Mothers Against Drunk Drivers has issued its annual report, and the Commonwealth of Virginia has once again received the highest award of five stars. The report gives a star to states in each of five categories focused on DUI prevention and punishment efforts.
Virginia got a star in each category, just as it did in the 2014 report issued by the organization.
The five categories are as follows:
- ALS (administrative license suspension): laws enabling police officers to confiscate the driver's license of a person arrested for DUI. In our states, licenses are then automatically suspended for seven days for a first-time arrest if the person's BAC (blood alcohol content) is 0.08 percent or higher.
- Ignition interlock device laws: these breathalyzer gadgets installed in vehicles by court order measure any alcohol content in a driver's breath before a vehicle can be started and driven. In Virginia, a first-time DUI offense results in mandated ignition interlock installation.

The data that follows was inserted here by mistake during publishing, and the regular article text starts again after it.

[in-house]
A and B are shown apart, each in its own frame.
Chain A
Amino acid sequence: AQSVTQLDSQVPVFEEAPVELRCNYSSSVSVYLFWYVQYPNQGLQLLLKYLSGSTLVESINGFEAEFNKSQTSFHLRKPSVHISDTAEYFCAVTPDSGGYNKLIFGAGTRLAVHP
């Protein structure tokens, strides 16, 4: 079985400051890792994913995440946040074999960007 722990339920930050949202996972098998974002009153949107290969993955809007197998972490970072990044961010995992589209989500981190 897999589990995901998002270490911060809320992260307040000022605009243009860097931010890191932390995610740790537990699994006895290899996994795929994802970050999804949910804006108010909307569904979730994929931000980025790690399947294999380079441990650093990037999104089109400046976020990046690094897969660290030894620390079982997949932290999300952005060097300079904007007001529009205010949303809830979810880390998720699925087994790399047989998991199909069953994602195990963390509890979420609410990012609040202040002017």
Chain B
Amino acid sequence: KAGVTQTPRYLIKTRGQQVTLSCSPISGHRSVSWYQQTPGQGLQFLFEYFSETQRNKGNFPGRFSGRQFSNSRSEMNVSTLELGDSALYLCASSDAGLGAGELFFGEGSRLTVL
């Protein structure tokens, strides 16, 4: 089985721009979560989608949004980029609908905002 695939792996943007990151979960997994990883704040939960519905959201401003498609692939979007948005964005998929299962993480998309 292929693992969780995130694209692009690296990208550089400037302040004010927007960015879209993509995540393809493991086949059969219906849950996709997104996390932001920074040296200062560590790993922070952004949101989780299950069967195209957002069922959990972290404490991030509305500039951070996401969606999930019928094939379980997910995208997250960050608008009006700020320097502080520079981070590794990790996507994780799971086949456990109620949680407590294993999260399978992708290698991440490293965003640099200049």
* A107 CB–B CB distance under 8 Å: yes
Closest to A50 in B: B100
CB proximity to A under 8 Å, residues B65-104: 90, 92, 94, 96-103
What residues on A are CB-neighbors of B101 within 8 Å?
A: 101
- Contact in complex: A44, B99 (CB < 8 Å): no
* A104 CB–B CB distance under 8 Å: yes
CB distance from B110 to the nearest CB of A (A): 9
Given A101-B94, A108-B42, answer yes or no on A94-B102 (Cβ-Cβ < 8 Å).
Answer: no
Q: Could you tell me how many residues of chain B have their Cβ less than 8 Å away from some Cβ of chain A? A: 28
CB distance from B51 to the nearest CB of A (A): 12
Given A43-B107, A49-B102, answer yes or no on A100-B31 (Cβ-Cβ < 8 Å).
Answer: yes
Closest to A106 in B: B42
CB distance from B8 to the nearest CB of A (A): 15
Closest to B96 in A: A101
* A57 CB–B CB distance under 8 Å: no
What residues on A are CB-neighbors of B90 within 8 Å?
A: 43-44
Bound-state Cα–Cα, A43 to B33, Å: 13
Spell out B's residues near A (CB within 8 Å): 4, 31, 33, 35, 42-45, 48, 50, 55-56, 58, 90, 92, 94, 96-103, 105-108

- Sobriety checkpoints: states that have laws making these DUI prevention screenings legal get a star from MADD.
- Child endangerment laws: another star is awarded to states with these statutes. In Virginia, if you are convicted of having driven while under the influence while having a juvenile (17 years old or younger) in your vehicle, you get a mandatory five days in jail in addition to other penalties. Your fines can be increased by up to $1,000 as well, and you can get "an additional 80-hour community service requirement in addition to all other fines and jail sentences," the Commonwealth says on its DMV website.
If you face these penalties after a DUI (also known as DWI), discuss the potential punishments, circumstances of your arrest and all of your legal options with an attorney experienced in defending Leesburg clients accused of drunk driving.